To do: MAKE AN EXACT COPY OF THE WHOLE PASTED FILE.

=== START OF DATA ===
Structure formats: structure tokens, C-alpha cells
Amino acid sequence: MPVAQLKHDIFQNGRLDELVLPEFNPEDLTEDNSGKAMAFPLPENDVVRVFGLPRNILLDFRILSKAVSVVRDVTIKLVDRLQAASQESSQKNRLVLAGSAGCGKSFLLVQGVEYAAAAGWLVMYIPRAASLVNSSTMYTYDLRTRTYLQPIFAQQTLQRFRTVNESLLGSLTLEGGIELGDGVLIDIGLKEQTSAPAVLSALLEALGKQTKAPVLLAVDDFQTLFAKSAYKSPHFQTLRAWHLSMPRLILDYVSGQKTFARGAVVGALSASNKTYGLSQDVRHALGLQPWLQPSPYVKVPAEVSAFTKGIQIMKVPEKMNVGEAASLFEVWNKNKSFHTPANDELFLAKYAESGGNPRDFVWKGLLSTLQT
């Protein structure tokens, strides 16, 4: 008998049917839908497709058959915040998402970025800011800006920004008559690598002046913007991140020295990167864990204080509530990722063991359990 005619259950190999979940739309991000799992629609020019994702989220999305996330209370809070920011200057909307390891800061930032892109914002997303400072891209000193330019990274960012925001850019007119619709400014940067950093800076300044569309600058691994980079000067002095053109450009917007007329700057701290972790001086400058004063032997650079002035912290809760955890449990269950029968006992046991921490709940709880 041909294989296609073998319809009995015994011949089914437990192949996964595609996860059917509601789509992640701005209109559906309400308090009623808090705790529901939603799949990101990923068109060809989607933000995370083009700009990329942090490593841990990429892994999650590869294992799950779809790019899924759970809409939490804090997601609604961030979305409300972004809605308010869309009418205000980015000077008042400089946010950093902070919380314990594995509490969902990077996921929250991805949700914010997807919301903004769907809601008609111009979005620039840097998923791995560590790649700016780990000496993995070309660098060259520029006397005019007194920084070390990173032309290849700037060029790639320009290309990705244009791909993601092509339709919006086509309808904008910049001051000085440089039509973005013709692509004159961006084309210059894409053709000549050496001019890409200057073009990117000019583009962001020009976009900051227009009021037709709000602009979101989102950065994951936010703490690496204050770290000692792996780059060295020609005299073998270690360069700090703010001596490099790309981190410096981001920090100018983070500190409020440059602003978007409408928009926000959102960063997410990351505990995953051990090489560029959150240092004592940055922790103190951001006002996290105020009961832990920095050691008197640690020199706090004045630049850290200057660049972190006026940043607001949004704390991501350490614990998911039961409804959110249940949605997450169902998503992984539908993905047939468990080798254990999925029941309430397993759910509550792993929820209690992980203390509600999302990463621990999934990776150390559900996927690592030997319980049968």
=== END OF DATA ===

Structure formats: structure tokens, C-alpha cells
Amino acid sequence: MPVAQLKHDIFQNGRLDELVLPEFNPEDLTEDNSGKAMAFPLPENDVVRVFGLPRNILLDFRILSKAVSVVRDVTIKLVDRLQAASQESSQKNRLVLAGSAGCGKSFLLVQGVEYAAAAGWLVMYIPRAASLVNSSTMYTYDLRTRTYLQPIFAQQTLQRFRTVNESLLGSLTLEGGIELGDGVLIDIGLKEQTSAPAVLSALLEALGKQTKAPVLLAVDDFQTLFAKSAYKSPHFQTLRAWHLSMPRLILDYVSGQKTFARGAVVGALSASNKTYGLSQDVRHALGLQPWLQPSPYVKVPAEVSAFTKGIQIMKVPEKMNVGEAASLFEVWNKNKSFHTPANDELFLAKYAESGGNPRDFVWKGLLSTLQT
């Protein structure tokens, strides 16, 4: 008998049917839908497709058959915040998402970025800011800006920004008559690598002046913007991140020295990167864990204080509530990722063991359990 005619259950190999979940739309991000799992629609020019994702989220999305996330209370809070920011200057909307390891800061930032892109914002997303400072891209000193330019990274960012925001850019007119619709400014940067950093800076300044569309600058691994980079000067002095053109450009917007007329700057701290972790001086400058004063032997650079002035912290809760955890449990269950029968006992046991921490709940709880 041909294989296609073998319809009995015994011949089914437990192949996964595609996860059917509601789509992640701005209109559906309400308090009623808090705790529901939603799949990101990923068109060809989607933000995370083009700009990329942090490593841990990429892994999650590869294992799950779809790019899924759970809409939490804090997601609604961030979305409300972004809605308010869309009418205000980015000077008042400089946010950093902070919380314990594995509490969902990077996921929250991805949700914010997807919301903004769907809601008609111009979005620039840097998923791995560590790649700016780990000496993995070309660098060259520029006397005019007194920084070390990173032309290849700037060029790639320009290309990705244009791909993601092509339709919006086509309808904008910049001051000085440089039509973005013709692509004159961006084309210059894409053709000549050496001019890409200057073009990117000019583009962001020009976009900051227009009021037709709000602009979101989102950065994951936010703490690496204050770290000692792996780059060295020609005299073998270690360069700090703010001596490099790309981190410096981001920090100018983070500190409020440059602003978007409408928009926000959102960063997410990351505990995953051990090489560029959150240092004592940055922790103190951001006002996290105020009961832990920095050691008197640690020199706090004045630049850290200057660049972190006026940043607001949004704390991501350490614990998911039961409804959110249940949605997450169902998503992984539908993905047939468990080798254990999925029941309430397993759910509550792993929820209690992980203390509600999302990463621990999934990776150390559900996927690592030997319980049968």